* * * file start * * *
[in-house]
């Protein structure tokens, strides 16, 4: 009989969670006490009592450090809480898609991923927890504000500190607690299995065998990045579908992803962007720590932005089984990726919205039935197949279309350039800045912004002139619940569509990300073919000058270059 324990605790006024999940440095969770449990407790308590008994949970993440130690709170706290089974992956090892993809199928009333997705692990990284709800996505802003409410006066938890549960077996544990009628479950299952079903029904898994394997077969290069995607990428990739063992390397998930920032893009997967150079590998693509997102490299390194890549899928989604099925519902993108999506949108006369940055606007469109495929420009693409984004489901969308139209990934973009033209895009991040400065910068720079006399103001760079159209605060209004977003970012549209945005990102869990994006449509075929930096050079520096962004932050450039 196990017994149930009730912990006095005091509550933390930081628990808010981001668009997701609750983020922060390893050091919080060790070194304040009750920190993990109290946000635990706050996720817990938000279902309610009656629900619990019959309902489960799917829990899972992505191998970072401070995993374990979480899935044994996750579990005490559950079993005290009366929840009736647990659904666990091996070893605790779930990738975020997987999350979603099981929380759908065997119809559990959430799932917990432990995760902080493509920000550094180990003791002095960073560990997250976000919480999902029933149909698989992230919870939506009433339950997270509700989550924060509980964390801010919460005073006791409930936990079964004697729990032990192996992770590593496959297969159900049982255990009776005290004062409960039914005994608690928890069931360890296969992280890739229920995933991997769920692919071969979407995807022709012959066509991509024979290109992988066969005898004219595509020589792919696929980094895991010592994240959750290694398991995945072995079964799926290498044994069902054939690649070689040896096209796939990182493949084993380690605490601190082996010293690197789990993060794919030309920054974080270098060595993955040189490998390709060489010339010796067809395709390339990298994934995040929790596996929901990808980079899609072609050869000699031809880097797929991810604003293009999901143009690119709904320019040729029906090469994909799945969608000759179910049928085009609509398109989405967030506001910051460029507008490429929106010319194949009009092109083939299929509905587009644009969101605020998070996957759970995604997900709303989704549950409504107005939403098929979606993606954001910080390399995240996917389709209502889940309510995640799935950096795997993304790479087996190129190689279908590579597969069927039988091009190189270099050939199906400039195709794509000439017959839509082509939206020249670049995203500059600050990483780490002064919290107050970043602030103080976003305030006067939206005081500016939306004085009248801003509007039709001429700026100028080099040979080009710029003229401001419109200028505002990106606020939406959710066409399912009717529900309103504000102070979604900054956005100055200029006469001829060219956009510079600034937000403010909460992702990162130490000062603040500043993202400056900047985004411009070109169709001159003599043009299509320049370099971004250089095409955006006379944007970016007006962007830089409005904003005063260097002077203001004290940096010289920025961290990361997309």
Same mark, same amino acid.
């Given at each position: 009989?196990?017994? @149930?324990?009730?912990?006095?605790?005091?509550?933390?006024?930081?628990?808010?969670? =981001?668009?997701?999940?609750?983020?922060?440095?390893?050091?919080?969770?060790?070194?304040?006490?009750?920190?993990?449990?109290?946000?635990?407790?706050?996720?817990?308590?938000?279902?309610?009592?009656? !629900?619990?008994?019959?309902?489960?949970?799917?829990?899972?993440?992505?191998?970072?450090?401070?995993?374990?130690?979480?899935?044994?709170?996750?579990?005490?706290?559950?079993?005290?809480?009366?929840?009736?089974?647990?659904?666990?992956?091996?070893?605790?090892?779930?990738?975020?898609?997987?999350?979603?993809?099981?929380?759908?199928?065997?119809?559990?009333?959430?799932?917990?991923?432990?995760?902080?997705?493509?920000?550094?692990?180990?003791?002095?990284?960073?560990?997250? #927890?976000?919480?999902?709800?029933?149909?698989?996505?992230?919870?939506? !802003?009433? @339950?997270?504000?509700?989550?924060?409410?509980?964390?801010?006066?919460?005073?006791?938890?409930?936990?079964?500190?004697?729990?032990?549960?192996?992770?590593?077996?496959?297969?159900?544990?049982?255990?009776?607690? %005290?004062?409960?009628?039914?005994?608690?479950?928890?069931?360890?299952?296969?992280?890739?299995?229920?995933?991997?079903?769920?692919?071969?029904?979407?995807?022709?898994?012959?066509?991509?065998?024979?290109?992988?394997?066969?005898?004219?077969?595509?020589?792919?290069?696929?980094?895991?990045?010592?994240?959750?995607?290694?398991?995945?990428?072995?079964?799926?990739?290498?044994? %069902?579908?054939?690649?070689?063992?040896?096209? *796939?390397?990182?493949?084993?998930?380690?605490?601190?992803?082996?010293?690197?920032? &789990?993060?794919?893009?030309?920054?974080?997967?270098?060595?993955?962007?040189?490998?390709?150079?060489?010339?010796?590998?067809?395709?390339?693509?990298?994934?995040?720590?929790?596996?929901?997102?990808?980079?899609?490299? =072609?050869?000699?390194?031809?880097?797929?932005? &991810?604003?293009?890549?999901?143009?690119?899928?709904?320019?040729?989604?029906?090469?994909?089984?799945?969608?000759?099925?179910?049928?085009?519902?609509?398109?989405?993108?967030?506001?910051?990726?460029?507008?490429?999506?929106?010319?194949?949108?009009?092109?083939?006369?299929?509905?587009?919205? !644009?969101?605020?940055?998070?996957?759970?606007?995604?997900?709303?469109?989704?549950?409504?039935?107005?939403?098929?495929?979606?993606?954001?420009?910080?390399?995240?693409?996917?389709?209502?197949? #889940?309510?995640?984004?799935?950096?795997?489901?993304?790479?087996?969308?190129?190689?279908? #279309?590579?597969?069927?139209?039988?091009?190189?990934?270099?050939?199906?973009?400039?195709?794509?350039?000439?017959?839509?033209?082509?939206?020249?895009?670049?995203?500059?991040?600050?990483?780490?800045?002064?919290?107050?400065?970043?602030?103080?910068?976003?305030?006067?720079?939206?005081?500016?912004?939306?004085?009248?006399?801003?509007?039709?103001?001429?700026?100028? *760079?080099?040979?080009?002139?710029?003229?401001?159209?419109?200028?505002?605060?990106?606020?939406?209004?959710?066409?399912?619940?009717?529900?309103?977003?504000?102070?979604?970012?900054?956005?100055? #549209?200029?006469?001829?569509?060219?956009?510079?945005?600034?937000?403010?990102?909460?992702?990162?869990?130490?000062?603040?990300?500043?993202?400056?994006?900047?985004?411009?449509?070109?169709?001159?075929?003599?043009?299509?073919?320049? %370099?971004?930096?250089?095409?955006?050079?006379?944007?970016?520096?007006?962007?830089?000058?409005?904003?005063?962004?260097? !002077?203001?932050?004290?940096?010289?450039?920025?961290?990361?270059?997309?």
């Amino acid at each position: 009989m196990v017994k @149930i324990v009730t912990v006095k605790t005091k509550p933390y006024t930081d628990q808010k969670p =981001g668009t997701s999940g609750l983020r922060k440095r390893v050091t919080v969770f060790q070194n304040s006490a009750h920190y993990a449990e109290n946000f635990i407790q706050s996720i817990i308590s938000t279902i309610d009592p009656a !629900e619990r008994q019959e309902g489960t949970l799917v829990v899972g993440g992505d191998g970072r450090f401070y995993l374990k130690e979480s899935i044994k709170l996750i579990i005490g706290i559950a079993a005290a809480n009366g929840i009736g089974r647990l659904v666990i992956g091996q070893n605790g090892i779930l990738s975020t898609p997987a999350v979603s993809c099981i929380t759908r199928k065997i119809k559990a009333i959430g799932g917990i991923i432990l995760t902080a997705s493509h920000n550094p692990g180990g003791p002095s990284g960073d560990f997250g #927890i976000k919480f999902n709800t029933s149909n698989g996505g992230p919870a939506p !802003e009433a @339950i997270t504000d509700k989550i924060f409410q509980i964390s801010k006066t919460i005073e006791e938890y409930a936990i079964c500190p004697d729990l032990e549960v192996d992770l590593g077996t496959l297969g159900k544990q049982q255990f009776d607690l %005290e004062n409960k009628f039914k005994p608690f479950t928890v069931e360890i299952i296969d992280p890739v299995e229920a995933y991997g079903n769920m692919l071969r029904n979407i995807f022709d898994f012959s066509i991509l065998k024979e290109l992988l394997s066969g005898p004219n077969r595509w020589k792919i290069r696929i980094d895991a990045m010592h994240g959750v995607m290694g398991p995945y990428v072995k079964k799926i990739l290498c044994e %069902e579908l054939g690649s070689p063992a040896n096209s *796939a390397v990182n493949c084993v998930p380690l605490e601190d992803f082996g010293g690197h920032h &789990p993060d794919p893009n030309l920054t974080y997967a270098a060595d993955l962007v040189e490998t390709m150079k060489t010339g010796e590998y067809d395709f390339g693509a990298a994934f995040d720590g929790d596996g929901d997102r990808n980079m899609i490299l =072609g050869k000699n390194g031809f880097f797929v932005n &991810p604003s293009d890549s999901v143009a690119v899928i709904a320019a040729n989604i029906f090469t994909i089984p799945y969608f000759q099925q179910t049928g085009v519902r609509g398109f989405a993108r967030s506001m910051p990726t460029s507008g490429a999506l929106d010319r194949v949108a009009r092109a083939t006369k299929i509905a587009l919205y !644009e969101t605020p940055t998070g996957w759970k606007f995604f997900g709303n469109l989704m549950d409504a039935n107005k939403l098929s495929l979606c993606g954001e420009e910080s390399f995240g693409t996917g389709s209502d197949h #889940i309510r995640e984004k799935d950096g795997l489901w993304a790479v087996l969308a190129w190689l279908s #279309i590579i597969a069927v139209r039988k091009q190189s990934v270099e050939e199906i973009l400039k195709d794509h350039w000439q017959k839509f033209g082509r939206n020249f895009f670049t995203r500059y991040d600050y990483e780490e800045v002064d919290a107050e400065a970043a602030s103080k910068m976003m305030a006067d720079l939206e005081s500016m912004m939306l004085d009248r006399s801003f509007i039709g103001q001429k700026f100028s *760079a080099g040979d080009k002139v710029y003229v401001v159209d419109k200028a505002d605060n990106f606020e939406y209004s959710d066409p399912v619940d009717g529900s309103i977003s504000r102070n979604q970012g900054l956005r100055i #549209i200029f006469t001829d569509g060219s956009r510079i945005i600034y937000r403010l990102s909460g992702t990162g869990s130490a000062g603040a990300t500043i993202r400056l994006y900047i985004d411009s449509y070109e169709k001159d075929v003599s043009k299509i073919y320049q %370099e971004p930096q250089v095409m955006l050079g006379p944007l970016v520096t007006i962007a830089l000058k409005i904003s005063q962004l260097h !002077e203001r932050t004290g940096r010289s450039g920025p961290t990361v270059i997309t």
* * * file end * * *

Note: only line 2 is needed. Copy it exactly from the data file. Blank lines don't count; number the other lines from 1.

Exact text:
């Protein structure tokens, strides 16, 4: 009989969670006490009592450090809480898609991923927890504000500190607690299995065998990045579908992803962007720590932005089984990726919205039935197949279309350039800045912004002139619940569509990300073919000058270059 324990605790006024999940440095969770449990407790308590008994949970993440130690709170706290089974992956090892993809199928009333997705692990990284709800996505802003409410006066938890549960077996544990009628479950299952079903029904898994394997077969290069995607990428990739063992390397998930920032893009997967150079590998693509997102490299390194890549899928989604099925519902993108999506949108006369940055606007469109495929420009693409984004489901969308139209990934973009033209895009991040400065910068720079006399103001760079159209605060209004977003970012549209945005990102869990994006449509075929930096050079520096962004932050450039 196990017994149930009730912990006095005091509550933390930081628990808010981001668009997701609750983020922060390893050091919080060790070194304040009750920190993990109290946000635990706050996720817990938000279902309610009656629900619990019959309902489960799917829990899972992505191998970072401070995993374990979480899935044994996750579990005490559950079993005290009366929840009736647990659904666990091996070893605790779930990738975020997987999350979603099981929380759908065997119809559990959430799932917990432990995760902080493509920000550094180990003791002095960073560990997250976000919480999902029933149909698989992230919870939506009433339950997270509700989550924060509980964390801010919460005073006791409930936990079964004697729990032990192996992770590593496959297969159900049982255990009776005290004062409960039914005994608690928890069931360890296969992280890739229920995933991997769920692919071969979407995807022709012959066509991509024979290109992988066969005898004219595509020589792919696929980094895991010592994240959750290694398991995945072995079964799926290498044994069902054939690649070689040896096209796939990182493949084993380690605490601190082996010293690197789990993060794919030309920054974080270098060595993955040189490998390709060489010339010796067809395709390339990298994934995040929790596996929901990808980079899609072609050869000699031809880097797929991810604003293009999901143009690119709904320019040729029906090469994909799945969608000759179910049928085009609509398109989405967030506001910051460029507008490429929106010319194949009009092109083939299929509905587009644009969101605020998070996957759970995604997900709303989704549950409504107005939403098929979606993606954001910080390399995240996917389709209502889940309510995640799935950096795997993304790479087996190129190689279908590579597969069927039988091009190189270099050939199906400039195709794509000439017959839509082509939206020249670049995203500059600050990483780490002064919290107050970043602030103080976003305030006067939206005081500016939306004085009248801003509007039709001429700026100028080099040979080009710029003229401001419109200028505002990106606020939406959710066409399912009717529900309103504000102070979604900054956005100055200029006469001829060219956009510079600034937000403010909460992702990162130490000062603040500043993202400056900047985004411009070109169709001159003599043009299509320049370099971004250089095409955006006379944007970016007006962007830089409005904003005063260097002077203001004290940096010289920025961290990361997309």